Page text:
A federal district court in Ohio recently upheld the constitutionality of Ohio’s forced pooling statute (R.C. § 1509.28) in Kerns v. Chesapeake Exploration, LLC, et al., N.D. Ohio No. 5:18 CV 389 (June 13, 2018). R.C. § 1509.28 establishes the procedure for owners to combine contiguous acreage and interests to efficiently and effectively develop the oil and gas resources underlying that land. Additionally, the statute grants the chief of the division of oil and gas resources management the authority to compel landowners unwilling to lease their land to join in drilling operations. The constitutional challenge in Kerns involved the same group of landowners whose writ of mandamus was rejected by the Ohio Supreme Court in January. Following their unsuccessful challenge at the Ohio Supreme Court, the landowners alleged that R.C. § 1509.28 violated their constitutional rights under the Fifth and Fourteenth Amendments by authorizing an impermissible taking of their property. In rejecting the constitutional challenge, the federal district court relied on previous decisions from the United States Supreme Court holding that the statute was a legitimate exercise of Ohio’s police powers to protect correlative rights and reduce waste. In deeming R.C. § 1509.28 constitutional, Ohio courts join the well-settled national consensus that unitization procedures do not constitute an impermissible taking of property.

Challenge to Constitutionality of Ohio’s Forced Pooling Statute Rejected on Procedural Grounds

The Ohio Supreme Court recently rejected a constitutional challenge to Ohio’s forced pooling statute in State ex rel. Kerns v. Simmers, Slip Opinion No. 2018-Ohio-256. A group of landowners (the “Landowners”) sought a writ of mandamus compelling the Chief of the Ohio Department of Natural Resources (ODNR) to commence appropriation proceedings to compensate landowners with interests included in an oil and gas drilling unit through a unitization order. The Landowners alleged that the Chief’s order issued pursuant to R.C. 1509.28 was “unlawful or unreasonable” and constituted an unconstitutional taking of their property without compensation. Under R.C. 1509.36, the Landowners appealed the Chief’s order to the Ohio Oil and Gas Commission (the “Commission”). The Commission, concluding that it lacked jurisdiction to determine the constitutionality of the order, dismissed the appeal. Instead of appealing the Commission’s decision to the Franklin County Court of Common Pleas within 30 days as permitted by R.C. 1509.37, the Landowners filed a petition for a writ of mandamus to the Ohio Supreme Court.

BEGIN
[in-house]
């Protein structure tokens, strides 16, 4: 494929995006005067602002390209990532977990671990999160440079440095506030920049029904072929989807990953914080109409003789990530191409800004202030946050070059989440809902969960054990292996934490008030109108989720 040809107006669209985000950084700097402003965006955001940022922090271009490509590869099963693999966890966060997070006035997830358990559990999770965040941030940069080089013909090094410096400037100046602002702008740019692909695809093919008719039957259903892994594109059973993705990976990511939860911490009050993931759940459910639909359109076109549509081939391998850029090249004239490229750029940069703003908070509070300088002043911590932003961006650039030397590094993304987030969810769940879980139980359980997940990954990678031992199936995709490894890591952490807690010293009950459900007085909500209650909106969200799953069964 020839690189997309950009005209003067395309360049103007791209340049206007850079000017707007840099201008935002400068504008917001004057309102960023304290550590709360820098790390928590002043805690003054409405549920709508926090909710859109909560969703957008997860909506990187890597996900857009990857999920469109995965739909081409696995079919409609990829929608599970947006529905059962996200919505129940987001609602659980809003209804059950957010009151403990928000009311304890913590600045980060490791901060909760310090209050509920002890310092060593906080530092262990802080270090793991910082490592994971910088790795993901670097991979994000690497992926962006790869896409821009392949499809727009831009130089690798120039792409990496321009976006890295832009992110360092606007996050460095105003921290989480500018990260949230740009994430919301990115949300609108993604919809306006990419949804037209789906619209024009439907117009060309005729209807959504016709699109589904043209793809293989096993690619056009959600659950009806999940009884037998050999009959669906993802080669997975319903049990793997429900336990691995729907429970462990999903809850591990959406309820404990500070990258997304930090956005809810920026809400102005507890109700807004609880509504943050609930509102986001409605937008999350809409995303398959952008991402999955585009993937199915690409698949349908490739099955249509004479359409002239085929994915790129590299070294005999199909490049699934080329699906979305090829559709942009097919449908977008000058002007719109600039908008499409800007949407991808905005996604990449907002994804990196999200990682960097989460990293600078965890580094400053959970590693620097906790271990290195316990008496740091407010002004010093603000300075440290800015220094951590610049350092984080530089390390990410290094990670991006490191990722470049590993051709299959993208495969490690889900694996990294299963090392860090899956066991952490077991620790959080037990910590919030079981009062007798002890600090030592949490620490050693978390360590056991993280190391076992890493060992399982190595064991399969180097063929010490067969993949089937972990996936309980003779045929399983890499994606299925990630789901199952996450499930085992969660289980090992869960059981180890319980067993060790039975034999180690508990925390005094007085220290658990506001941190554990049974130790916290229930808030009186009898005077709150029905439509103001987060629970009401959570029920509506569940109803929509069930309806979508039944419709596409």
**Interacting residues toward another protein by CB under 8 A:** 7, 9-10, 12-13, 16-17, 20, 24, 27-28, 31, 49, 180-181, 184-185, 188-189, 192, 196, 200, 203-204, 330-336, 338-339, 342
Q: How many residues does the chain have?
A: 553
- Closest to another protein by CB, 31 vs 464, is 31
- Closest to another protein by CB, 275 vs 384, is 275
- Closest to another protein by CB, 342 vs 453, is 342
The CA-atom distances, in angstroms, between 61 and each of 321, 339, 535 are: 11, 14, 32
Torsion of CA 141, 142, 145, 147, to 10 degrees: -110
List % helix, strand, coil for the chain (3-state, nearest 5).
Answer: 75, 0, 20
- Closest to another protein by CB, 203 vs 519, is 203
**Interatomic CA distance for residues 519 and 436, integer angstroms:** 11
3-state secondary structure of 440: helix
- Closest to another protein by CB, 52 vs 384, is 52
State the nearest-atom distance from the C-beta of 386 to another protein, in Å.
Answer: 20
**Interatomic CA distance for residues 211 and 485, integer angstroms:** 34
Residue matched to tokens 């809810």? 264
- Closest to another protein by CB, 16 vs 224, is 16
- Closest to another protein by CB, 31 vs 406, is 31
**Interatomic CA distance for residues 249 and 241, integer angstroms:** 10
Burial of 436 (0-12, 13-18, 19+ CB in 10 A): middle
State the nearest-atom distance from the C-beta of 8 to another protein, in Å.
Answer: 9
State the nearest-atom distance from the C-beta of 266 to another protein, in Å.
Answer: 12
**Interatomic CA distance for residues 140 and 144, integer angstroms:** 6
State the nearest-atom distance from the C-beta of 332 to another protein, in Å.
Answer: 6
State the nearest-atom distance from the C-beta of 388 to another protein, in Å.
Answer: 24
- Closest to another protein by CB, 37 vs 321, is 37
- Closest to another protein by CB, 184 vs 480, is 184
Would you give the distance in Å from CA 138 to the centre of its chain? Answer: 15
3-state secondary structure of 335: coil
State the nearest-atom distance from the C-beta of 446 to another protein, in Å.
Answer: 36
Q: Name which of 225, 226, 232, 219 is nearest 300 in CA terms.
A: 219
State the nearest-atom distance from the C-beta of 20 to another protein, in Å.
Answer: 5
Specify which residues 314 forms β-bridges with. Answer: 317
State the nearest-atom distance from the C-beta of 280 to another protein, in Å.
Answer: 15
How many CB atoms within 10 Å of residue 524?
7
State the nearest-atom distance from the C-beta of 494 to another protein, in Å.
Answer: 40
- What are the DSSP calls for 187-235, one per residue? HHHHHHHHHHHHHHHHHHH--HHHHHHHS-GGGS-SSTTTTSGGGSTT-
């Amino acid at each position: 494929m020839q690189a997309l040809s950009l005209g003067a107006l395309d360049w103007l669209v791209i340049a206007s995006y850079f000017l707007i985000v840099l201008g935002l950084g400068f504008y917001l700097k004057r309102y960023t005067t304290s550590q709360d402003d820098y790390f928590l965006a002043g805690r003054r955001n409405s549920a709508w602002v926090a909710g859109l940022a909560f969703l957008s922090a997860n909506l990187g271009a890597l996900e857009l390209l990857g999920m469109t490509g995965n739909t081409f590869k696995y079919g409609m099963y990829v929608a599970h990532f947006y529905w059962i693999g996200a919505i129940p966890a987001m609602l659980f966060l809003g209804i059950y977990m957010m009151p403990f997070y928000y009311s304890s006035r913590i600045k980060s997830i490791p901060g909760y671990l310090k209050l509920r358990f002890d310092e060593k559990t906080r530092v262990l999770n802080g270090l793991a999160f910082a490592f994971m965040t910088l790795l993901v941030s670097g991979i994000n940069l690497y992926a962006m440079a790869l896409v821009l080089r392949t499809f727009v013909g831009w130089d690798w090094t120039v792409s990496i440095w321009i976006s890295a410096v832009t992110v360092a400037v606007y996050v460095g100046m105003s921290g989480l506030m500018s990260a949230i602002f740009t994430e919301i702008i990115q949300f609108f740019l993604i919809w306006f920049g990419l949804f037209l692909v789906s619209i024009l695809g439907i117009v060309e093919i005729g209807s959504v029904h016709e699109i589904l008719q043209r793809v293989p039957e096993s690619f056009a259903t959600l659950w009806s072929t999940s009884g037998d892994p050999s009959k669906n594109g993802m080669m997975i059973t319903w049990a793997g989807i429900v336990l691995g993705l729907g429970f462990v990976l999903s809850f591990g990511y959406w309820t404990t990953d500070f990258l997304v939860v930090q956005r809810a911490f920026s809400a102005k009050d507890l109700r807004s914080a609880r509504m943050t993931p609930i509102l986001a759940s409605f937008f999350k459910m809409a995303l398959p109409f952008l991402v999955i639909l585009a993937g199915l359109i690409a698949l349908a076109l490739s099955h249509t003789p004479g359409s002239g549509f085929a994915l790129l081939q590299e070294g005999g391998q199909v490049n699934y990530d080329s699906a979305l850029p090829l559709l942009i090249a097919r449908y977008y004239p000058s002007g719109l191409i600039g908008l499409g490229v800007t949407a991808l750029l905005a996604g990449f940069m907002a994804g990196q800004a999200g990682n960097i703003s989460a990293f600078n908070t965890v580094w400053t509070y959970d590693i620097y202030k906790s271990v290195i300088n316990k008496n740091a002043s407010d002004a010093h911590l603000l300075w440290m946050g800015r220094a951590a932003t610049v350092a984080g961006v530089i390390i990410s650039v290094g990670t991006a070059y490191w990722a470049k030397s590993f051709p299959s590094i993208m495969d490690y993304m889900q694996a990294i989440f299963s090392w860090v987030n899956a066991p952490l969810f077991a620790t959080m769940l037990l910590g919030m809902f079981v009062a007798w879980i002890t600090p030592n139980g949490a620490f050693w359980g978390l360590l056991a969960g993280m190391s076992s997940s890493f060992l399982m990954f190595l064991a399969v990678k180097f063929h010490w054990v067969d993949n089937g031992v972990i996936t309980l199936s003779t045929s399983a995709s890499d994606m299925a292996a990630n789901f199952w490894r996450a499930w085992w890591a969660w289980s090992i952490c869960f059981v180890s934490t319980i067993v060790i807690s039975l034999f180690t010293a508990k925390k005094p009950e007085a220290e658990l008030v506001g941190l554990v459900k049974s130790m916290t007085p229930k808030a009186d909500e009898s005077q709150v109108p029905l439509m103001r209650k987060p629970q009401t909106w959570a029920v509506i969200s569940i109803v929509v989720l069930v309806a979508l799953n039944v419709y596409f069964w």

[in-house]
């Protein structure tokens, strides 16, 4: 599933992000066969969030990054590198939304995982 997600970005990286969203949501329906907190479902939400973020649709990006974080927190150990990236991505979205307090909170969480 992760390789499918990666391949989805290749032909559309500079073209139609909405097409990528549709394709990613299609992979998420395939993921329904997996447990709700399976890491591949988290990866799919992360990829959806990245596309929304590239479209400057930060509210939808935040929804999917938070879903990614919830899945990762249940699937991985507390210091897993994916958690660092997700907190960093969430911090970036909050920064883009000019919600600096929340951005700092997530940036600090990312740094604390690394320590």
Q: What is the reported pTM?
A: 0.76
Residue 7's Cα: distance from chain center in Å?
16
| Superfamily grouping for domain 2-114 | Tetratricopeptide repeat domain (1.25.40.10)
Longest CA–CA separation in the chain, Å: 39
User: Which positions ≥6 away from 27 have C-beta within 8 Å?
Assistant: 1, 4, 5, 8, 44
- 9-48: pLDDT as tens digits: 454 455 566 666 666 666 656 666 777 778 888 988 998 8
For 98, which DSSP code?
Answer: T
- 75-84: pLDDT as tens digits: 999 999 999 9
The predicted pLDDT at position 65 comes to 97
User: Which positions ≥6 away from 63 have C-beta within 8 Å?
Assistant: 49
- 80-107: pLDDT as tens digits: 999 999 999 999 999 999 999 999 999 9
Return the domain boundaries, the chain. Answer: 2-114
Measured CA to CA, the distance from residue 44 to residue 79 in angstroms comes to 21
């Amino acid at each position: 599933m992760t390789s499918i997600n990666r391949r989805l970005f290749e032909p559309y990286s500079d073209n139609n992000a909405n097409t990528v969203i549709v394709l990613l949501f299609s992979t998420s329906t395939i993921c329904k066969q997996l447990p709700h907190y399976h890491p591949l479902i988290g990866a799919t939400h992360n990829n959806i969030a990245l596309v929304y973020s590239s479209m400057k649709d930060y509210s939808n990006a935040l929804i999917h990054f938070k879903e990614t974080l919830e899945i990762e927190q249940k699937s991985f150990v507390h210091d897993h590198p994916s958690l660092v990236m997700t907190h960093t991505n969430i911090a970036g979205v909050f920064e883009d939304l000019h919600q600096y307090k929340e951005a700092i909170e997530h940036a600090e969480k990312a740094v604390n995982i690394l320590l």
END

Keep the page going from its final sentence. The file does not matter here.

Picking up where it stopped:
The Ohio Supreme Court denied the writ and dismissed the Landowners’ case, reasoning that the Landowners failed to utilize the adequate legal remedy available. To be entitled to a writ of mandamus, the Landowners needed to show (1) that they had a clear legal right to appropriation proceedings, (2) that the ODNR had a clear legal duty to commence the proceedings, and (3) that the Landowners had no plain and adequate legal remedy. Under R.C. 1509.37, the Landowners could have appealed the Commission’s decision to the Franklin County Court of Common Pleas to determine the constitutionality of the unitization statute. In denying the writ, the court determined that the Landowners had a complete, beneficial and speedy remedy at law by way of an appeal to the Franklin County Court of Common Pleas as provided in R.C. Chapter 1509 and should have pursued their appeal there. While dismissing this challenge on procedural grounds, it appears inevitable that the Ohio Supreme Court will ultimately have to determine the constitutionality of Ohio’s forced pooling statute.

Ohio Supreme Court does not Recognize Implied Covenant to Further Explore